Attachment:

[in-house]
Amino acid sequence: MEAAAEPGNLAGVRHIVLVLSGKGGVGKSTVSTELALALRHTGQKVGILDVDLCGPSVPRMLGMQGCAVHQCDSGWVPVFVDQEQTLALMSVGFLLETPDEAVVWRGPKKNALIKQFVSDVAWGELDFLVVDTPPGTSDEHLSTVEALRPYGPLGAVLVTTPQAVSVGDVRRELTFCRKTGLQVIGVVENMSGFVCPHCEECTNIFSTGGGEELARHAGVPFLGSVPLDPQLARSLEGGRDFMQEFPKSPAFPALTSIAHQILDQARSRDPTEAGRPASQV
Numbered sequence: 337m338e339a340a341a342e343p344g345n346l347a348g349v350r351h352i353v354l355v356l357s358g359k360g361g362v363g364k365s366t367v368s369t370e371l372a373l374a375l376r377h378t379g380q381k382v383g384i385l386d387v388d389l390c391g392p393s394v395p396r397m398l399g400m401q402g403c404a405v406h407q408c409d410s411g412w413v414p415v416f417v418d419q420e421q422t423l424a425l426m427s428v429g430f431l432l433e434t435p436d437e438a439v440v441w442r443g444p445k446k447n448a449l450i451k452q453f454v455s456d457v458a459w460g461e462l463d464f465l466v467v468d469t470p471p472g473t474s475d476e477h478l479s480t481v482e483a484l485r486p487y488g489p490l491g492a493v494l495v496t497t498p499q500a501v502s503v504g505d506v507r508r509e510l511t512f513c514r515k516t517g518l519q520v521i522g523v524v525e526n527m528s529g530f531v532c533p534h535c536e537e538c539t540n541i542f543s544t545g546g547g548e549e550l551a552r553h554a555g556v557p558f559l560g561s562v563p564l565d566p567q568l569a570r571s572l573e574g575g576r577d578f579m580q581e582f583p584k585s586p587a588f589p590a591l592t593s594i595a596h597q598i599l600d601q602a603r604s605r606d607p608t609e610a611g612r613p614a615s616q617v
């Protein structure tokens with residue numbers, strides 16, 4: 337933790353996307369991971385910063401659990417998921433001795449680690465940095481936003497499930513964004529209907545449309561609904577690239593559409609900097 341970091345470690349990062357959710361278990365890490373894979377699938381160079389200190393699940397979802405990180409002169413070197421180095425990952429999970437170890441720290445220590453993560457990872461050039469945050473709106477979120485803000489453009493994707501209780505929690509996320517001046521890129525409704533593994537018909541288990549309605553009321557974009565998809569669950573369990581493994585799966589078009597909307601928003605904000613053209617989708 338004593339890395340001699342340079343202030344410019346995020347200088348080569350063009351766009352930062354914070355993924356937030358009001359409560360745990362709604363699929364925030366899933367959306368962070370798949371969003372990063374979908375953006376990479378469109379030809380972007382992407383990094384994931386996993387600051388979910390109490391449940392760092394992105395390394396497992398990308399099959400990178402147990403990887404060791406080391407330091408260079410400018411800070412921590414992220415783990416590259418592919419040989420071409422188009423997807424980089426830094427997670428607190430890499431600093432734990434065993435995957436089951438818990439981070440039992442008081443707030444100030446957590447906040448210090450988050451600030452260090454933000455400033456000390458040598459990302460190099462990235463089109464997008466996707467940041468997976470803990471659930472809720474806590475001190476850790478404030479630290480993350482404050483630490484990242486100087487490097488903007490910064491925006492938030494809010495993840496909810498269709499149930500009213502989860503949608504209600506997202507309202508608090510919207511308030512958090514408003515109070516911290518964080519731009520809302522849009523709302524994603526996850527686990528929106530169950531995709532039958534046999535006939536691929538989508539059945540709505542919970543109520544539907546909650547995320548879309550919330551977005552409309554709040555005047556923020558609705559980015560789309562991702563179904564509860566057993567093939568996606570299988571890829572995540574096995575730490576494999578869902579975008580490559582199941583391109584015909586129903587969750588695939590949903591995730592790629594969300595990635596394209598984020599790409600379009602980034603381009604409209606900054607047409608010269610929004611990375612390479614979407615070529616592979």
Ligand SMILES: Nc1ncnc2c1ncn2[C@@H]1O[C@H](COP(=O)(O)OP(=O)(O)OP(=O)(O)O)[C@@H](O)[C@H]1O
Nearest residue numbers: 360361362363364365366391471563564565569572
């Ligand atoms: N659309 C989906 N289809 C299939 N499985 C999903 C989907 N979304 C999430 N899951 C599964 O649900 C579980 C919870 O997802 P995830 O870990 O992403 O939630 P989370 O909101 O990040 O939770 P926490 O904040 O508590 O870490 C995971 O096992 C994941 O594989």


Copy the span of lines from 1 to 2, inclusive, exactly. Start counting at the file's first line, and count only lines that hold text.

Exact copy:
[in-house]
Amino acid sequence: MEAAAEPGNLAGVRHIVLVLSGKGGVGKSTVSTELALALRHTGQKVGILDVDLCGPSVPRMLGMQGCAVHQCDSGWVPVFVDQEQTLALMSVGFLLETPDEAVVWRGPKKNALIKQFVSDVAWGELDFLVVDTPPGTSDEHLSTVEALRPYGPLGAVLVTTPQAVSVGDVRRELTFCRKTGLQVIGVVENMSGFVCPHCEECTNIFSTGGGEELARHAGVPFLGSVPLDPQLARSLEGGRDFMQEFPKSPAFPALTSIAHQILDQARSRDPTEAGRPASQV